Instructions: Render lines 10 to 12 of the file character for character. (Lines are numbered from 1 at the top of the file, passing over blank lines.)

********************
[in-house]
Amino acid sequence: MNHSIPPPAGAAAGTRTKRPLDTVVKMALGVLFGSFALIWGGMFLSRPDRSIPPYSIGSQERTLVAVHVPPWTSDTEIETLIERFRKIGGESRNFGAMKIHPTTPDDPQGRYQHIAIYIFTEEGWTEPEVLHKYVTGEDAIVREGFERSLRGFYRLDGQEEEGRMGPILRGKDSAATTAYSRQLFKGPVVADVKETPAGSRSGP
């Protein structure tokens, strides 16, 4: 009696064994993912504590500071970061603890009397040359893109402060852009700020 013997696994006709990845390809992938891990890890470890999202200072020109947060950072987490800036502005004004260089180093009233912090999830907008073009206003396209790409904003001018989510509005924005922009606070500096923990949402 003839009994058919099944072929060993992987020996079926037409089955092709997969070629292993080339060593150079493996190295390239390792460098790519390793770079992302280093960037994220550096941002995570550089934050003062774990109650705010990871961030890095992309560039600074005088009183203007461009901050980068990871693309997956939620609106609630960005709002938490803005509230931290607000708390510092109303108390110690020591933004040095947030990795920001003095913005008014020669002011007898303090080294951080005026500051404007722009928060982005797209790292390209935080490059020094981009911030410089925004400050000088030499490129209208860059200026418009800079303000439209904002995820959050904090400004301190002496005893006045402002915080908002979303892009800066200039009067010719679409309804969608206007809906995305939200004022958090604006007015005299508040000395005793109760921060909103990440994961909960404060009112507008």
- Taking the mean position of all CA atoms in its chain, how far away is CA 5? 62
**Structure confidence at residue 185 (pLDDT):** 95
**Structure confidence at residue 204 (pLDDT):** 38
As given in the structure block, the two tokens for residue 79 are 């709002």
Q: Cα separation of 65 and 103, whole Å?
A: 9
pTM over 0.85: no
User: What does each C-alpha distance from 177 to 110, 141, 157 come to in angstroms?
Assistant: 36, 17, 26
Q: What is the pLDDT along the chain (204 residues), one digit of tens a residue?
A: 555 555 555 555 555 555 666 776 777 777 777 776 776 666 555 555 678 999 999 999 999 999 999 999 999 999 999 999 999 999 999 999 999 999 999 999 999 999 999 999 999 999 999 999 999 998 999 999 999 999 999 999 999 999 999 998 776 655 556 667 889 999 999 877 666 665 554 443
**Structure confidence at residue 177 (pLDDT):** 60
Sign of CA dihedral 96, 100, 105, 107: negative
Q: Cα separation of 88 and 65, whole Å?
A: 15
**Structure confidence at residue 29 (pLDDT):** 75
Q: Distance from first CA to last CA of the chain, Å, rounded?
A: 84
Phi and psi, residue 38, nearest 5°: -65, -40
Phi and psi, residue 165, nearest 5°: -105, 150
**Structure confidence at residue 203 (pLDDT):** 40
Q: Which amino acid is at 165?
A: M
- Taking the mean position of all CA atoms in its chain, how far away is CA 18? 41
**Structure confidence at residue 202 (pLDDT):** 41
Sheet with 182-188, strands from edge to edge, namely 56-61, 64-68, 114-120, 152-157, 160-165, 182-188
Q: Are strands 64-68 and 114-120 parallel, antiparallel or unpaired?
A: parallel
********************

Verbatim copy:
pTM over 0.85: no
User: What does each C-alpha distance from 177 to 110, 141, 157 come to in angstroms?
Assistant: 36, 17, 26